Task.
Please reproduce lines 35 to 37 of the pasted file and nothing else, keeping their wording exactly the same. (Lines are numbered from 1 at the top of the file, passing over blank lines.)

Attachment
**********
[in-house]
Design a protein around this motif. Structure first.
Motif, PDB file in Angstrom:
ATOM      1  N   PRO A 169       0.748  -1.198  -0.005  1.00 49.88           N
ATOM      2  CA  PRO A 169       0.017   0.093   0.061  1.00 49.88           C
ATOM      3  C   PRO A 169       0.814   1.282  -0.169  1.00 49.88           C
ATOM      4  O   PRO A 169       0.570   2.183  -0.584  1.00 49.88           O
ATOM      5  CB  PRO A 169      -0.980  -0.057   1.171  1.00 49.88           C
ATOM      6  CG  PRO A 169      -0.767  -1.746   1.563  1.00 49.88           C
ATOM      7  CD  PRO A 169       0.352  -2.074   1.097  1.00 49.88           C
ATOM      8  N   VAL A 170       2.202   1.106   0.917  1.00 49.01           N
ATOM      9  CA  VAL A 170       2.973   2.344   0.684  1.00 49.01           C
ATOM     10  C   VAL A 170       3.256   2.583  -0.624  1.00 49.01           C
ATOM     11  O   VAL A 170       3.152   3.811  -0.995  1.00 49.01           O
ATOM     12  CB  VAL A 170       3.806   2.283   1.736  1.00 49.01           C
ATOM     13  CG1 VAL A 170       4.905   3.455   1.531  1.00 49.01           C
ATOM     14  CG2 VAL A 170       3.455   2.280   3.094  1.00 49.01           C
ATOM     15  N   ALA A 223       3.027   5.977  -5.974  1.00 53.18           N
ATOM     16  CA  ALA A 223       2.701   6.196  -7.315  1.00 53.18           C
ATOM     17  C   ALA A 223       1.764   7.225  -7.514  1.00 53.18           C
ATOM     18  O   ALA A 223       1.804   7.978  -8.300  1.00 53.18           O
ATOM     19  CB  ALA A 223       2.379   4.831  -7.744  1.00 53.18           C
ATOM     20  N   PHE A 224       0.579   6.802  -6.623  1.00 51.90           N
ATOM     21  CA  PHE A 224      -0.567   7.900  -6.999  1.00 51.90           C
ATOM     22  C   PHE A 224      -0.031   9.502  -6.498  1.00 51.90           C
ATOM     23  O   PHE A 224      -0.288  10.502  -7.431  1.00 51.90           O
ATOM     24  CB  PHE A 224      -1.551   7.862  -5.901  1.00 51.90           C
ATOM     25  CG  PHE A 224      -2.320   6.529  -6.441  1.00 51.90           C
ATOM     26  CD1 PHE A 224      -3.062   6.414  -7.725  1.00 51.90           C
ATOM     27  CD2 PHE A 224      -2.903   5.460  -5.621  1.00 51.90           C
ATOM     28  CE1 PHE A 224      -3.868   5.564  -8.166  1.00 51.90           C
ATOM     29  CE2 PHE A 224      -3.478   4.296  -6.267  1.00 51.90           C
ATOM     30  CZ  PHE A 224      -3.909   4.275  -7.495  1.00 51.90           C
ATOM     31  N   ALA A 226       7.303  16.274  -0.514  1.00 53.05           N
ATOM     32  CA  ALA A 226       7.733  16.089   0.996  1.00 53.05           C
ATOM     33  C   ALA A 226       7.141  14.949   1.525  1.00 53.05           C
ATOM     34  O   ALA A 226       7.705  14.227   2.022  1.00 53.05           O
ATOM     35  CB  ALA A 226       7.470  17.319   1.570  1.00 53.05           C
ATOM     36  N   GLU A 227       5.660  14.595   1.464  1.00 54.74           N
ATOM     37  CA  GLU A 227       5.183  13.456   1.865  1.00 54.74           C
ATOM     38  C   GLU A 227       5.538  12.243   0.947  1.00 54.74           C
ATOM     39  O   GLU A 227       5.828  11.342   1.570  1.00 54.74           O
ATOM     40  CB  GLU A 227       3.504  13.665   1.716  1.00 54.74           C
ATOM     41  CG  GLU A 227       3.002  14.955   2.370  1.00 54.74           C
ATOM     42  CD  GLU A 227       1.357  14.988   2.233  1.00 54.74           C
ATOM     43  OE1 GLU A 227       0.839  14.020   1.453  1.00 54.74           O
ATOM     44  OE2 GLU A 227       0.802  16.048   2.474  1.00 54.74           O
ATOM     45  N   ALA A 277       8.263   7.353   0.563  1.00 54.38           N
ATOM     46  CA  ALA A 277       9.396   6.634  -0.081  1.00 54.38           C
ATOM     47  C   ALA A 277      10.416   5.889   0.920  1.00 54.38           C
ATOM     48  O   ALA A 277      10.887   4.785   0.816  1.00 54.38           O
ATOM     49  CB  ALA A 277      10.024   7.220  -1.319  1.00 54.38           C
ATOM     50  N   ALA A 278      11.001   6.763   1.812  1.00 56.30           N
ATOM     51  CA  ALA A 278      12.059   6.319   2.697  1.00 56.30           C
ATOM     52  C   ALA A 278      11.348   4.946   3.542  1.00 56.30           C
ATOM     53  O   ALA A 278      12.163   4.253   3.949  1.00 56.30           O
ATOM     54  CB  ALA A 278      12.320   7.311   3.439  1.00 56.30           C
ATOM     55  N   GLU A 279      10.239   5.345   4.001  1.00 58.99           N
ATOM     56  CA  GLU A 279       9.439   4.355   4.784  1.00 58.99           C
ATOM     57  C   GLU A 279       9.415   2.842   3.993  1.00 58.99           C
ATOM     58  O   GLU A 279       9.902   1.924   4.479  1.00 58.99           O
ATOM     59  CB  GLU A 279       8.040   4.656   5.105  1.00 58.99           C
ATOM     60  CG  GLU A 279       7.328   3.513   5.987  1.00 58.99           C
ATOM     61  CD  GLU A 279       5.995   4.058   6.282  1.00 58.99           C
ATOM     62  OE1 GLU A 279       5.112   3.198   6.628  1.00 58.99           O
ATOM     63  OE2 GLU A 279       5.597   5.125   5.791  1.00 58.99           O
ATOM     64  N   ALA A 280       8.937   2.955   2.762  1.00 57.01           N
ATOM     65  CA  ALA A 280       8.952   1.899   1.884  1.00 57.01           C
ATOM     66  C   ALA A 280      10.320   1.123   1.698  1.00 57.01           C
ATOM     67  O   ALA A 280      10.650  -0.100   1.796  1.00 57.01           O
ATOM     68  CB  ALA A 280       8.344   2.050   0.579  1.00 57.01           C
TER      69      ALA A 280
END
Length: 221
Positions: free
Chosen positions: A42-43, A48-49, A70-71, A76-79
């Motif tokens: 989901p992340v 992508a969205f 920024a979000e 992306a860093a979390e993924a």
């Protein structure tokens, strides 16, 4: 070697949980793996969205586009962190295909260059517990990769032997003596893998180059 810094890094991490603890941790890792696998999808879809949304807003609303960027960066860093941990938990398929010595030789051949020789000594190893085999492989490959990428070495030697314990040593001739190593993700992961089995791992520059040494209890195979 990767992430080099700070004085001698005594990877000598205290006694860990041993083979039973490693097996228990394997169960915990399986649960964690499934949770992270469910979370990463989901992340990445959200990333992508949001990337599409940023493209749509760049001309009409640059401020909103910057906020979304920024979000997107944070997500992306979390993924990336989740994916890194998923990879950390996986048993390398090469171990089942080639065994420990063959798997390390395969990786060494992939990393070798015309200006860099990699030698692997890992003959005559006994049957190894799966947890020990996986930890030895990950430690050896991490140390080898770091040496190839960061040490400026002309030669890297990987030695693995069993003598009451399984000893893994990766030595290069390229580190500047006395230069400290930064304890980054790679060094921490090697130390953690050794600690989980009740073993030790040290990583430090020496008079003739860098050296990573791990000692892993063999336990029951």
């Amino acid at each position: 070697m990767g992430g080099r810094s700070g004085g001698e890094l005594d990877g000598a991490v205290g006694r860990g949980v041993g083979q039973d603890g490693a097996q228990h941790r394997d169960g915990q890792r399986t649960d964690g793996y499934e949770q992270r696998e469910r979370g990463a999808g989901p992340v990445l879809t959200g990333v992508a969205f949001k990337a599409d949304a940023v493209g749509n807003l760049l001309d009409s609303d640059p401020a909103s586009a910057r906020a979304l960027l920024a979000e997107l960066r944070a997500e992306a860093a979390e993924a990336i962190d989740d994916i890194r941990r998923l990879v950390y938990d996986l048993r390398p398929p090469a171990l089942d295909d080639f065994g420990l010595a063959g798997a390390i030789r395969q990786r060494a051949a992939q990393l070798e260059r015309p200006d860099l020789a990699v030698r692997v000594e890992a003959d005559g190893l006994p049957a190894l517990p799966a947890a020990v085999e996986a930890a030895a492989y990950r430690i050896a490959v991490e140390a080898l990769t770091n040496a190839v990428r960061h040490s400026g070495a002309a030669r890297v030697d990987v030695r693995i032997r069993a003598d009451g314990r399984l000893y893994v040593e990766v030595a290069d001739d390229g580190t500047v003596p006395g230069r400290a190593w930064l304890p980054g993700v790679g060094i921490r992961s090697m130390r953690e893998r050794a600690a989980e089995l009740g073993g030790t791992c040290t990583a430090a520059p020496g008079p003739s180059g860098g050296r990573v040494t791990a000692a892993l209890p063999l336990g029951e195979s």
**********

ATOM     32  CA  ALA A 226       7.733  16.089   0.996  1.00 53.05           C
ATOM     33  C   ALA A 226       7.141  14.949   1.525  1.00 53.05           C
ATOM     34  O   ALA A 226       7.705  14.227   2.022  1.00 53.05           O